Purposefully Killing Humanity?

It sounds so crazy.  With growing climate change, planet earth as we know it is on the brink of a radical transformation that could endanger the very survival of the human race, if not at best require the most painful and radical adjustments for us all.

Why then would any rational human being want to stand in the way of finding solutions to prevent an epic catastrophe?

Special interests are what stand in the way of seriously addressing climate change dangers.

Concentrated, short-term, but enormous business and political interests prevent necessary policies that could address the challenges far more effectively.

Scientific solutions are there.  Market incentives are sufficient to drive technological progress.  And policy interests are completely aligned with finding alternatives to oil – not just because of environmental concerns, but also for geo-political reasons, including stemming off fundamentalism, ultra-nationalism and radicalism fed with petrodollars from Venezuela’s Chavez to Russia’s Putin’s on to Iran’s Ahmadinejad.

But entrenched business networks make the changes unpalatable.

  • Detroit’s corporations and labor unions shortsightedly resist fuel efficiency standards that already exist in Europe;
  • Oil companies are wary of losing their current fossil-fuel distribution and extraction networks;
  • Government officials that get donations from special business interests fail to lead for the sake of the greater good – because the greater good does not give them checks that are as big and fat;
  • This is one of the big Achilles heel’s of democracy.
  • Grain companies like Archer-Midlands, Cargill and other industry giants who own corn fields lobby to prevent sugar cane imports and instead subsidize corn production which is far less efficient;
  • Can people be so narrow-minded? We are talking about their lives too.  But as it happens with perverse incentives, people that are making millions from the current infrastructure are too obsessed with those fruits to see the bigger problem to their own offspring in the distant horizon.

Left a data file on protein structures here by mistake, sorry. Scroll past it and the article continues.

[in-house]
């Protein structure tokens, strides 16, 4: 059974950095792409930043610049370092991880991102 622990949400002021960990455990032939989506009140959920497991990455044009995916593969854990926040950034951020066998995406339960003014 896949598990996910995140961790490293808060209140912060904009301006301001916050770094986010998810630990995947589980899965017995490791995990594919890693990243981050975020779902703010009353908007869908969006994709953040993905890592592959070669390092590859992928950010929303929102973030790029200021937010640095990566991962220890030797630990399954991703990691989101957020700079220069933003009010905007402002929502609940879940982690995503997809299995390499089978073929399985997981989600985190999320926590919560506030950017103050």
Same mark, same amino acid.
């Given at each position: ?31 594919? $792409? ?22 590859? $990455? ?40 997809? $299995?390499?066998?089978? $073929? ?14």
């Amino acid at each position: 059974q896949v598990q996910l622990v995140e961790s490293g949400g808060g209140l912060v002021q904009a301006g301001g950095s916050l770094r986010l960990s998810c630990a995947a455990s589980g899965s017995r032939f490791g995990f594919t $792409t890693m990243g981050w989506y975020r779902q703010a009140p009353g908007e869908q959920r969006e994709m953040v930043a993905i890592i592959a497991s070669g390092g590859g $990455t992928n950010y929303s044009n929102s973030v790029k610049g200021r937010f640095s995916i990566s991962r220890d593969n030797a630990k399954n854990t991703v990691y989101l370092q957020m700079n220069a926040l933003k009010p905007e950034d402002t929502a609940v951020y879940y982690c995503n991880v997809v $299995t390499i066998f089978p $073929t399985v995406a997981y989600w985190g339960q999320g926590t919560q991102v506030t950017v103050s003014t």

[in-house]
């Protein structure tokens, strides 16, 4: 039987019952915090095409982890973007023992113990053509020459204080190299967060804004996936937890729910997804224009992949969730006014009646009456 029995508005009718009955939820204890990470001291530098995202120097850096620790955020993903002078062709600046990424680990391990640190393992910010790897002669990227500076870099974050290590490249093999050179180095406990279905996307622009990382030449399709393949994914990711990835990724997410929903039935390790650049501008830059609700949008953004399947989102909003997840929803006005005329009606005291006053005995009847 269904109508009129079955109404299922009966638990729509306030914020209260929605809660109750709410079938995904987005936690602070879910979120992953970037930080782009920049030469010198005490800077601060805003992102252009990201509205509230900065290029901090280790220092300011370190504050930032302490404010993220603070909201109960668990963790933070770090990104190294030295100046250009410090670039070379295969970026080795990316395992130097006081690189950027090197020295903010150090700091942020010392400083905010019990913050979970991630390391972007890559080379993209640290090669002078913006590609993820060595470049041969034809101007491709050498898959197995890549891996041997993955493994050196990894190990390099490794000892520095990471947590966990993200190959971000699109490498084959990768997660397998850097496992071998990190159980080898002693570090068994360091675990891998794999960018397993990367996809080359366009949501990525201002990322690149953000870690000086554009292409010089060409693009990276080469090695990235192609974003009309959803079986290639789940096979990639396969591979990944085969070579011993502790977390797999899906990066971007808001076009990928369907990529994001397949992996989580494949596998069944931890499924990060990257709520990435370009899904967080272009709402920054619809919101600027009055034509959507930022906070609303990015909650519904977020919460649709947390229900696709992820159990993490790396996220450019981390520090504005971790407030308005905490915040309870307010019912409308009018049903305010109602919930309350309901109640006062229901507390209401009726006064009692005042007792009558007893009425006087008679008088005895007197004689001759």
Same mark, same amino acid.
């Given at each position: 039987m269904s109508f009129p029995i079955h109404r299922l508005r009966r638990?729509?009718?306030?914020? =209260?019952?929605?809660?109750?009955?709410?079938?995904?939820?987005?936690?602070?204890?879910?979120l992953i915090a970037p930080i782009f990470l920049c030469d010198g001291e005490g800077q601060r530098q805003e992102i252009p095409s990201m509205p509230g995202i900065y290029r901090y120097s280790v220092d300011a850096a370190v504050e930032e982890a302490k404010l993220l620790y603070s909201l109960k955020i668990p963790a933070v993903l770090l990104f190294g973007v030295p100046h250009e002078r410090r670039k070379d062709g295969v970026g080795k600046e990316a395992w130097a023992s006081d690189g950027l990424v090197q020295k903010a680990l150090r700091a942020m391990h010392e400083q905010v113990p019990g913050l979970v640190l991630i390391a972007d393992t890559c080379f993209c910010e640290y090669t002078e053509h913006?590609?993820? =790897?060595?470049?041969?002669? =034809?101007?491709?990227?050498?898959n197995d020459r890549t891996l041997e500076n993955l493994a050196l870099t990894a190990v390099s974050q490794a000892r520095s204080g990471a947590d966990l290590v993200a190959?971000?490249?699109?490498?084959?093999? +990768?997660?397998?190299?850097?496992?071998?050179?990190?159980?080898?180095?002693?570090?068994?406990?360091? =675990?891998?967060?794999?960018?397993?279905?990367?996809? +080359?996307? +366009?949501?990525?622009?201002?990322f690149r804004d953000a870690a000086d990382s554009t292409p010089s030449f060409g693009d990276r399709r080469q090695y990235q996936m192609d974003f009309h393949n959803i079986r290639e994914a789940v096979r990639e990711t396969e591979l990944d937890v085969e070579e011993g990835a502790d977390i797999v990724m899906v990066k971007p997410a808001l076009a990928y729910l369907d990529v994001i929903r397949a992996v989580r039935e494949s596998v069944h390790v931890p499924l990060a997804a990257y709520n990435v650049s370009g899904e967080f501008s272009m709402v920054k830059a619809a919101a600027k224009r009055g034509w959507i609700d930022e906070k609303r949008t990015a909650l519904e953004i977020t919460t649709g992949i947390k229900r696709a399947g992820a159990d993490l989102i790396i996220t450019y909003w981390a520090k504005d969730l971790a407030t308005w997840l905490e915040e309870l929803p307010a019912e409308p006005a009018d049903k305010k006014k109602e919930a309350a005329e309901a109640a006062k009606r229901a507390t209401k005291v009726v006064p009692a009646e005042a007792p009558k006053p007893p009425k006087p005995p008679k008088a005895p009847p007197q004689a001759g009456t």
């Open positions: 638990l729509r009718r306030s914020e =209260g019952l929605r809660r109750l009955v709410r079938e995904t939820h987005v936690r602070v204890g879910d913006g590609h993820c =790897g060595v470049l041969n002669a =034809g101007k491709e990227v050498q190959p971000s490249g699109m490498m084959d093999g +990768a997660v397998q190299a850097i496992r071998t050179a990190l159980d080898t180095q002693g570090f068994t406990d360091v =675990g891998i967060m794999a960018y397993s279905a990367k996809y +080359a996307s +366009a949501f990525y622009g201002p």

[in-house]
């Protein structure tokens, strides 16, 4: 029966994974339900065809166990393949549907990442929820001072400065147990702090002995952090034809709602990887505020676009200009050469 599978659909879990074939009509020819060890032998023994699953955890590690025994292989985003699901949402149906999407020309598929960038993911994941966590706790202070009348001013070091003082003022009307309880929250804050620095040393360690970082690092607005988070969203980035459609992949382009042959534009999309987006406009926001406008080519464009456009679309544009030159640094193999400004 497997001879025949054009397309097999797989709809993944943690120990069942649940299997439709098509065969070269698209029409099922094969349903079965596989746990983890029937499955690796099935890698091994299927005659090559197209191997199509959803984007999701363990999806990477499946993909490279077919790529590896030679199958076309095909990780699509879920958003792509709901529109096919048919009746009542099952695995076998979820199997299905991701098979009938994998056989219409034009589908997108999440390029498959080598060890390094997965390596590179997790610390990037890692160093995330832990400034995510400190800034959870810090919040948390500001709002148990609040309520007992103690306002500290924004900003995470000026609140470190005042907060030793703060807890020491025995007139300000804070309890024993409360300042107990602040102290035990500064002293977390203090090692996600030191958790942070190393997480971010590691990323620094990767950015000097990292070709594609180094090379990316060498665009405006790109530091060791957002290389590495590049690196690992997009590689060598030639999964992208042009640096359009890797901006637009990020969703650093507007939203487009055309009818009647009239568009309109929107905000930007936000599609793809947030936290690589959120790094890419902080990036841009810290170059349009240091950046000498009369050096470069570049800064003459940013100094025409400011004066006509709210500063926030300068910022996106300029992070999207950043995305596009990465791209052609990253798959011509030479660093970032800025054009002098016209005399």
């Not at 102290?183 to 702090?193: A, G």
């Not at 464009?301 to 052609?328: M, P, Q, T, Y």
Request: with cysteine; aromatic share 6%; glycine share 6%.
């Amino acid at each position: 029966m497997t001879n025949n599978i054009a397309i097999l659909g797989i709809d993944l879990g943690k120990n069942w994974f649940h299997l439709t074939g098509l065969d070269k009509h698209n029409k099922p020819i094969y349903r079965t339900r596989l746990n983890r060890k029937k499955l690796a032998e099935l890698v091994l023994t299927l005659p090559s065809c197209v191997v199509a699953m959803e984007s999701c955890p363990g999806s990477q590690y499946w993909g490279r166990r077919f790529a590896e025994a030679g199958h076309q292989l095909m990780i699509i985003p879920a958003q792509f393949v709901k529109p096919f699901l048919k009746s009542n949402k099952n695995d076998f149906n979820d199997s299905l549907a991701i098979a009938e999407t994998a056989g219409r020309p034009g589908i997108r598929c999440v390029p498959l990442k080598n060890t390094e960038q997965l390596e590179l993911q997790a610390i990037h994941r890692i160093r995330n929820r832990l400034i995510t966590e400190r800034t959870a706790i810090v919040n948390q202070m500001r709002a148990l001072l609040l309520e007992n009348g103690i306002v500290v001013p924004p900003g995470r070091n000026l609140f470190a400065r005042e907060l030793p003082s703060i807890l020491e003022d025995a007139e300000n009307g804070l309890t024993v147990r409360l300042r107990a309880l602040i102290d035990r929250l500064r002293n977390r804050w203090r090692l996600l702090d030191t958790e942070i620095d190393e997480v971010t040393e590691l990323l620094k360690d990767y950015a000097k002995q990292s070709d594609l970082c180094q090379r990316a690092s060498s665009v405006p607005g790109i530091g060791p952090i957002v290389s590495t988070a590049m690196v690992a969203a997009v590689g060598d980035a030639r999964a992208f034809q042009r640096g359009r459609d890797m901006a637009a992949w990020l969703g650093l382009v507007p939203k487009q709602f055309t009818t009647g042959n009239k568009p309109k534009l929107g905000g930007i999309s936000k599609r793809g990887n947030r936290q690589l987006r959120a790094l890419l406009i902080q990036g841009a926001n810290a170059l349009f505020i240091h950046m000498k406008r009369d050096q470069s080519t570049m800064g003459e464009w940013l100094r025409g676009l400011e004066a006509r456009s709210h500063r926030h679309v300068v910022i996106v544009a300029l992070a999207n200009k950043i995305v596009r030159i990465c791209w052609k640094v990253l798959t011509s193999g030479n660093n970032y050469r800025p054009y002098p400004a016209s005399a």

See this article by way of example.

    April 24, 2008

    Op-Ed Columnist

    Bring on the Right Biofuels


    Fads come fast and furious in our viral age, and the reactions to them can be equally ferocious. That’s what we’re seeing right now with biofuels, which everyone loved until everyone decided they were the worst thing since the Black Death.

    Where fuel distilled from plant matter was once hailed as an answer to everything from global warming to the geo-strategic power shift favoring repressive one-pipeline oil states, its now a “scam” and “part of the problem,” according to Time magazine. Ethanol has turned awful.

    The supposed crimes of biofuels are manifold. They’re behind soaring global commodity prices, the destruction of the Amazon rain forest, increased rather than diminished greenhouse gases, food riots in Haiti, Indonesian deforestation and, no doubt, your mother-in-law’s toothache.

    Most of this, to borrow a farm image, is hogwash and bilge.

    I’ll grant that the fashion for biofuels led to excess, and that some farm-to-fuel-plant conversion, particularly in subsidized U.S. and European markets, makes no economic or environmental sense. But biofuels remain very much part of the solution. It just depends which biofuels.

    Before I get to that, some myths need dispelling. If Asian rice prices are soaring, along with the global prices of wheat and maize, it’s not principally because John Doe in Iowa or Jean Dupont in Picardy has decided to turn yummy corn and beet into un-yummy ethanol feedstock.